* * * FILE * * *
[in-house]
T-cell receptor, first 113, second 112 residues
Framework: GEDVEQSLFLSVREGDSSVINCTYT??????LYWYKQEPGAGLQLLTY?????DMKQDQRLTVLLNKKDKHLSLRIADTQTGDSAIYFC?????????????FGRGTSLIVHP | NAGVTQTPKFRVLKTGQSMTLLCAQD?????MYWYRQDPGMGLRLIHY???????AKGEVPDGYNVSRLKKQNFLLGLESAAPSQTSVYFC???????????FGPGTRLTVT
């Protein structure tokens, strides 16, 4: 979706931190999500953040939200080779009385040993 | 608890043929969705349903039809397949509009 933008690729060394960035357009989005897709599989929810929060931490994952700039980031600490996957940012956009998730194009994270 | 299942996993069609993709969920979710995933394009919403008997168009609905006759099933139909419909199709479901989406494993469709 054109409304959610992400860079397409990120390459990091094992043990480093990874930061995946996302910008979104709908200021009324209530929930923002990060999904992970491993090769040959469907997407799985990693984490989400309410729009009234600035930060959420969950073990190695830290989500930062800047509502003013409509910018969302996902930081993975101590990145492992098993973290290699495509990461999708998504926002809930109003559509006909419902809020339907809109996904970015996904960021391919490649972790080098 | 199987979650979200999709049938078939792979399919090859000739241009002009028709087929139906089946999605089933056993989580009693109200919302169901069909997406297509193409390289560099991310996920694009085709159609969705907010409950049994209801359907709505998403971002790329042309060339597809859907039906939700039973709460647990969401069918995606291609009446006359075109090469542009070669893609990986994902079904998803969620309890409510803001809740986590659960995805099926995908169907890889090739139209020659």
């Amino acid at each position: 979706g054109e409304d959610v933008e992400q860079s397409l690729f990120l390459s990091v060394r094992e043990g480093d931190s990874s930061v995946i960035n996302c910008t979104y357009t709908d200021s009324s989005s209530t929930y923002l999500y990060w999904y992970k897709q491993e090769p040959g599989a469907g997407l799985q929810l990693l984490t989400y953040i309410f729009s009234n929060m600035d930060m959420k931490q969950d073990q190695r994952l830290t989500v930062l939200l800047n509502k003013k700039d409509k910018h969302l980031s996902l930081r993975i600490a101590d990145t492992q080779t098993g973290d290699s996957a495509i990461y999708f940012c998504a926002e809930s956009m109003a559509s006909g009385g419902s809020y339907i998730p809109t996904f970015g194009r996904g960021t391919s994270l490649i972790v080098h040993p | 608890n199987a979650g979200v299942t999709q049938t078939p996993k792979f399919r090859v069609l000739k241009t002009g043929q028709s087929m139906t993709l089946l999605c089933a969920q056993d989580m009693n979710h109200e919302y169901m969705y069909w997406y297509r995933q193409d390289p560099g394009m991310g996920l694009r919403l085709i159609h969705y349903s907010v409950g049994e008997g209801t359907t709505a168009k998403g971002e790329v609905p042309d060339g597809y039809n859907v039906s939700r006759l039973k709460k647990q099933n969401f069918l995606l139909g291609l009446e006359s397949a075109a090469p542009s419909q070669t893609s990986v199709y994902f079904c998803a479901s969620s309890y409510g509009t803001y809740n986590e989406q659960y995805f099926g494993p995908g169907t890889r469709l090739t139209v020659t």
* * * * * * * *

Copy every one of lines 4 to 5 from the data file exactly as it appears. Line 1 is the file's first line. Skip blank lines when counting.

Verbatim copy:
């Protein structure tokens, strides 16, 4: 979706931190999500953040939200080779009385040993 | 608890043929969705349903039809397949509009 933008690729060394960035357009989005897709599989929810929060931490994952700039980031600490996957940012956009998730194009994270 | 299942996993069609993709969920979710995933394009919403008997168009609905006759099933139909419909199709479901989406494993469709 054109409304959610992400860079397409990120390459990091094992043990480093990874930061995946996302910008979104709908200021009324209530929930923002990060999904992970491993090769040959469907997407799985990693984490989400309410729009009234600035930060959420969950073990190695830290989500930062800047509502003013409509910018969302996902930081993975101590990145492992098993973290290699495509990461999708998504926002809930109003559509006909419902809020339907809109996904970015996904960021391919490649972790080098 | 199987979650979200999709049938078939792979399919090859000739241009002009028709087929139906089946999605089933056993989580009693109200919302169901069909997406297509193409390289560099991310996920694009085709159609969705907010409950049994209801359907709505998403971002790329042309060339597809859907039906939700039973709460647990969401069918995606291609009446006359075109090469542009070669893609990986994902079904998803969620309890409510803001809740986590659960995805099926995908169907890889090739139209020659």
């Amino acid at each position: 979706g054109e409304d959610v933008e992400q860079s397409l690729f990120l390459s990091v060394r094992e043990g480093d931190s990874s930061v995946i960035n996302c910008t979104y357009t709908d200021s009324s989005s209530t929930y923002l999500y990060w999904y992970k897709q491993e090769p040959g599989a469907g997407l799985q929810l990693l984490t989400y953040i309410f729009s009234n929060m600035d930060m959420k931490q969950d073990q190695r994952l830290t989500v930062l939200l800047n509502k003013k700039d409509k910018h969302l980031s996902l930081r993975i600490a101590d990145t492992q080779t098993g973290d290699s996957a495509i990461y999708f940012c998504a926002e809930s956009m109003a559509s006909g009385g419902s809020y339907i998730p809109t996904f970015g194009r996904g960021t391919s994270l490649i972790v080098h040993p | 608890n199987a979650g979200v299942t999709q049938t078939p996993k792979f399919r090859v069609l000739k241009t002009g043929q028709s087929m139906t993709l089946l999605c089933a969920q056993d989580m009693n979710h109200e919302y169901m969705y069909w997406y297509r995933q193409d390289p560099g394009m991310g996920l694009r919403l085709i159609h969705y349903s907010v409950g049994e008997g209801t359907t709505a168009k998403g971002e790329v609905p042309d060339g597809y039809n859907v039906s939700r006759l039973k709460k647990q099933n969401f069918l995606l139909g291609l009446e006359s397949a075109a090469p542009s419909q070669t893609s990986v199709y994902f079904c998803a479901s969620s309890y409510g509009t803001y809740n986590e989406q659960y995805f099926g494993p995908g169907t890889r469709l090739t139209v020659t």